4 Things Every Dad Needs To Know About Child Custody

Father figures come in many forms, and now more than ever, it’s important to acknowledge the various types of dads that exist in today’s society. Today’s modern families include divorced dads, unmarried dads, dads in same-sex or inter-racial relationships, and dads who are trying to establish legal parentage—all of whom have parental rights that need to be protected. The Law Office of Tiffany M. Hughes, one of Chicagoland’s top Family Law firms, specializes in matters of divorce and child custody.

While the firm handles all types of marital separation, Hughes herself has developed an outstanding reputation for ability to manage High Asset Divorces (i.e. clients with a high net worth, multiple streams of income and/or a complicated portfolio of holdings.) 

For fathers who are considering divorce or are concerned about potential encroachment on their parental rights, Tiffany recommends considering the following:

The Father’s Role in a Child’s Life

Studies have shown the impact of a father’s presence in a child’s life goes beyond guidance and protection. Having two actively engaged parents leads to fewer developmental delays and higher self-esteem than if only one parent is around. Children with involved fathers are more likely to have complete their education (kids without dads in their lives are twice as likely to drop out of high school,) avoid drugs and alcohol and stay out of trouble.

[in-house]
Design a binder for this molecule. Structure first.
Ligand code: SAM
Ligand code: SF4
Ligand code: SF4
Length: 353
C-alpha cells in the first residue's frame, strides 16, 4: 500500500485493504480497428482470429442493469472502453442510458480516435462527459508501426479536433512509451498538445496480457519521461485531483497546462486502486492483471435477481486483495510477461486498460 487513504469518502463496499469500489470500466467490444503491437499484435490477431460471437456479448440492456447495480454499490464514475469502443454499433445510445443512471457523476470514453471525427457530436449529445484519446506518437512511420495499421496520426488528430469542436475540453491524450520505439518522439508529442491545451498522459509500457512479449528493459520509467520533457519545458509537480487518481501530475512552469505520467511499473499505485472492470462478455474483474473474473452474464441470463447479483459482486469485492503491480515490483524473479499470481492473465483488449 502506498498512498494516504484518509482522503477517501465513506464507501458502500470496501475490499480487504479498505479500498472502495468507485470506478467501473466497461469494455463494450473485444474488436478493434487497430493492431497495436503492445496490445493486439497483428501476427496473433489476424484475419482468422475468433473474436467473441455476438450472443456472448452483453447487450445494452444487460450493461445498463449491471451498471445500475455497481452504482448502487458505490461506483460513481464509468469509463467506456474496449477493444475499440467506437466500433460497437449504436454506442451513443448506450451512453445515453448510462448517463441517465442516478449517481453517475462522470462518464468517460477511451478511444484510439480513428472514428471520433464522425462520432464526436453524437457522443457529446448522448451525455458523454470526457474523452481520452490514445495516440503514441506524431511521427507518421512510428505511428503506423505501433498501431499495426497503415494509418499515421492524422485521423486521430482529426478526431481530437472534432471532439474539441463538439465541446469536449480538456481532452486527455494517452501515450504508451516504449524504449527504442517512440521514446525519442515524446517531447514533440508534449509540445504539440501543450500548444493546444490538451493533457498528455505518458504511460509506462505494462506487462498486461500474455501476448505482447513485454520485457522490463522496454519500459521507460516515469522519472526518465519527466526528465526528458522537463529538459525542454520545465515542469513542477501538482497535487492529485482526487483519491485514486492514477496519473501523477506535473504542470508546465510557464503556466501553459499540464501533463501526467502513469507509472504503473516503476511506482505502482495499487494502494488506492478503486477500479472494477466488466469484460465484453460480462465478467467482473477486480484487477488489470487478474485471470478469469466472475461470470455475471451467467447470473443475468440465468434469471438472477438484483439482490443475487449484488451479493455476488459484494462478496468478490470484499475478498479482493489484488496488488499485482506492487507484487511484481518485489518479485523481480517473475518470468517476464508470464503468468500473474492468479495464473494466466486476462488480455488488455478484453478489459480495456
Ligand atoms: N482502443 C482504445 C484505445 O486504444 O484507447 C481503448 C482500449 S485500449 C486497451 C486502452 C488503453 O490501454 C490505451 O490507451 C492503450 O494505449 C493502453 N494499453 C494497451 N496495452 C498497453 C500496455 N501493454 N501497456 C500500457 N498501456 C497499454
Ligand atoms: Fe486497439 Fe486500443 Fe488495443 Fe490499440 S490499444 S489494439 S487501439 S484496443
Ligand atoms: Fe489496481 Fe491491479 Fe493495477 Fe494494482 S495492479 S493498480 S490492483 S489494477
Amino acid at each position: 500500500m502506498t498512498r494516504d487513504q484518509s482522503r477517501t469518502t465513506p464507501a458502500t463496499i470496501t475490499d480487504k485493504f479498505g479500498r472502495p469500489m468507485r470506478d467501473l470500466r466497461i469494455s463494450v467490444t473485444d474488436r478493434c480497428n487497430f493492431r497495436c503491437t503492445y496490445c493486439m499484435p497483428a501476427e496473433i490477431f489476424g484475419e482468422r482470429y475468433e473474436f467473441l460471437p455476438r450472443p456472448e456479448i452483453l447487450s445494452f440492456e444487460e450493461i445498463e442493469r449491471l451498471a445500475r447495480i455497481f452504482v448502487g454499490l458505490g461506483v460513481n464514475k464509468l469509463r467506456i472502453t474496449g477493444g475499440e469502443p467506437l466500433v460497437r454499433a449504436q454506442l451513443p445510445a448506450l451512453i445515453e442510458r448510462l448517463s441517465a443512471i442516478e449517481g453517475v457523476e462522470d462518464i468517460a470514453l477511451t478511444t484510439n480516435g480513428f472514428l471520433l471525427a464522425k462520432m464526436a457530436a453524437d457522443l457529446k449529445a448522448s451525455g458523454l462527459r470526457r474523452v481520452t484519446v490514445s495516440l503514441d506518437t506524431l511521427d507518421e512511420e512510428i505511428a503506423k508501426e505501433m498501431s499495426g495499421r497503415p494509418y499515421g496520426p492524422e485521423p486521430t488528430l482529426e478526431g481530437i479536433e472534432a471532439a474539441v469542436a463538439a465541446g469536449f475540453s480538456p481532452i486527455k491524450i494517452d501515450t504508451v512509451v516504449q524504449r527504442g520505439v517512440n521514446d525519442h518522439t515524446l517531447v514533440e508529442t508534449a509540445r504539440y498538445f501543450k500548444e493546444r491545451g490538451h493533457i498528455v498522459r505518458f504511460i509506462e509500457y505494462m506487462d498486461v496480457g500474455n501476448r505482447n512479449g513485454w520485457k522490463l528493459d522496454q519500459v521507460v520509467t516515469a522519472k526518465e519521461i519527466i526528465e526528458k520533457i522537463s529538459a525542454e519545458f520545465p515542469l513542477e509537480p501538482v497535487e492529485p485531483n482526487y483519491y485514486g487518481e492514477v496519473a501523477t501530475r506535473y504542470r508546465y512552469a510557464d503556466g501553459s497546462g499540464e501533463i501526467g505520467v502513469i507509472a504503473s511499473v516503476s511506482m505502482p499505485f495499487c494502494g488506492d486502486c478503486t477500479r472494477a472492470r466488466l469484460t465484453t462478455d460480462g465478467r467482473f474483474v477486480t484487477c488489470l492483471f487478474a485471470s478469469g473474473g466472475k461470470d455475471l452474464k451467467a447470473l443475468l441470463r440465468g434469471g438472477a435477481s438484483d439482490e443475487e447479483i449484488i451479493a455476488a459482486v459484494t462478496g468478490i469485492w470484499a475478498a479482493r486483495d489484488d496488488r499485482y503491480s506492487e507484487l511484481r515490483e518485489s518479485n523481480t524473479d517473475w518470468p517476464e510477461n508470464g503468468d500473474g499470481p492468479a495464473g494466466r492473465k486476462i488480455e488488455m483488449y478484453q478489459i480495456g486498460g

The Fight is Hard, But Not Impossible

Father’s seeking custody face an uphill battle of biases, prejudices, and stereotypes that lead family court systems to grant the mother with majority custody and access to the child. Men are just as qualified and caring as their counterparts and have just as much parental rights to their children as the mother does. A strategic, thoughtful, and proactive approach is imperative for fathers in a divorce or custody dispute.

Start Protecting Your Rights As Soon As Possible

If you are considering a divorce, it’s never too early to begin planning for ways to protect your child and your role in their life. One way to insulate your child from the situation is by taking care NOT to argue with or speak poorly of your spouse in your child’s presence.  If you’re in a situation where your spouse continues to bait you, insult you or tries to use the child(ren) as leverage, make sure to document those occurrences.  Dates and details of your estranged partner’s problematic behavior may become important evidence as custody is negotiated. 

The Difference Between Legal & Physical Custody

Legal custody pertains to the authority to make important decisions regarding your children such as medical, educational, extracurricular activities, religious life, and more. Physical custody refers to the actual care & residence of the children. With physical custody, parents will either share joint physical custody or one party will be awarded “primary physical custody.” The terms of legal and physical custody will have to be decided, as well as which parent has tie-breaking authority in each category.